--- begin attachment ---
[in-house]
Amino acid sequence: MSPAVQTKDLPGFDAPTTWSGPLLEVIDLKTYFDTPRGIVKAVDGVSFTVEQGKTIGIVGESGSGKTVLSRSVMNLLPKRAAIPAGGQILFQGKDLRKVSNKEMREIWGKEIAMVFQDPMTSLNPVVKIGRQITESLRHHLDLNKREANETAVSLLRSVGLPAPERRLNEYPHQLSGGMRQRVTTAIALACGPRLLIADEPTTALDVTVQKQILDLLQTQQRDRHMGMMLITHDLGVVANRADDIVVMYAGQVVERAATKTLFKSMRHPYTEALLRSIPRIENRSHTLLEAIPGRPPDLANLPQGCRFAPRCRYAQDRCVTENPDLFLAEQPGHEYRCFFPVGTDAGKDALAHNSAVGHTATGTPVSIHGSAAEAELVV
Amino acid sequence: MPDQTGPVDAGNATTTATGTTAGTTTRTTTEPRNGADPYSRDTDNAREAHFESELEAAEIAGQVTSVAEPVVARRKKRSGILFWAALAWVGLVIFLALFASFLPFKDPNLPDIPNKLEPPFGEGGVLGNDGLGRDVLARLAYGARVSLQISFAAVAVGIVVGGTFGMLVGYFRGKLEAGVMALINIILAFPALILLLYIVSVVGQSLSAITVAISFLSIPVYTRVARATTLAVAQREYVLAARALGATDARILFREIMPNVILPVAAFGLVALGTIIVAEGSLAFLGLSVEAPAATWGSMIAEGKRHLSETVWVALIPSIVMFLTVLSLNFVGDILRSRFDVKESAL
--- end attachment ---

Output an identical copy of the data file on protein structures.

[in-house]
Amino acid sequence: MSPAVQTKDLPGFDAPTTWSGPLLEVIDLKTYFDTPRGIVKAVDGVSFTVEQGKTIGIVGESGSGKTVLSRSVMNLLPKRAAIPAGGQILFQGKDLRKVSNKEMREIWGKEIAMVFQDPMTSLNPVVKIGRQITESLRHHLDLNKREANETAVSLLRSVGLPAPERRLNEYPHQLSGGMRQRVTTAIALACGPRLLIADEPTTALDVTVQKQILDLLQTQQRDRHMGMMLITHDLGVVANRADDIVVMYAGQVVERAATKTLFKSMRHPYTEALLRSIPRIENRSHTLLEAIPGRPPDLANLPQGCRFAPRCRYAQDRCVTENPDLFLAEQPGHEYRCFFPVGTDAGKDALAHNSAVGHTATGTPVSIHGSAAEAELVV
Amino acid sequence: MPDQTGPVDAGNATTTATGTTAGTTTRTTTEPRNGADPYSRDTDNAREAHFESELEAAEIAGQVTSVAEPVVARRKKRSGILFWAALAWVGLVIFLALFASFLPFKDPNLPDIPNKLEPPFGEGGVLGNDGLGRDVLARLAYGARVSLQISFAAVAVGIVVGGTFGMLVGYFRGKLEAGVMALINIILAFPALILLLYIVSVVGQSLSAITVAISFLSIPVYTRVARATTLAVAQREYVLAARALGATDARILFREIMPNVILPVAAFGLVALGTIIVAEGSLAFLGLSVEAPAATWGSMIAEGKRHLSETVWVALIPSIVMFLTVLSLNFVGDILRSRFDVKESAL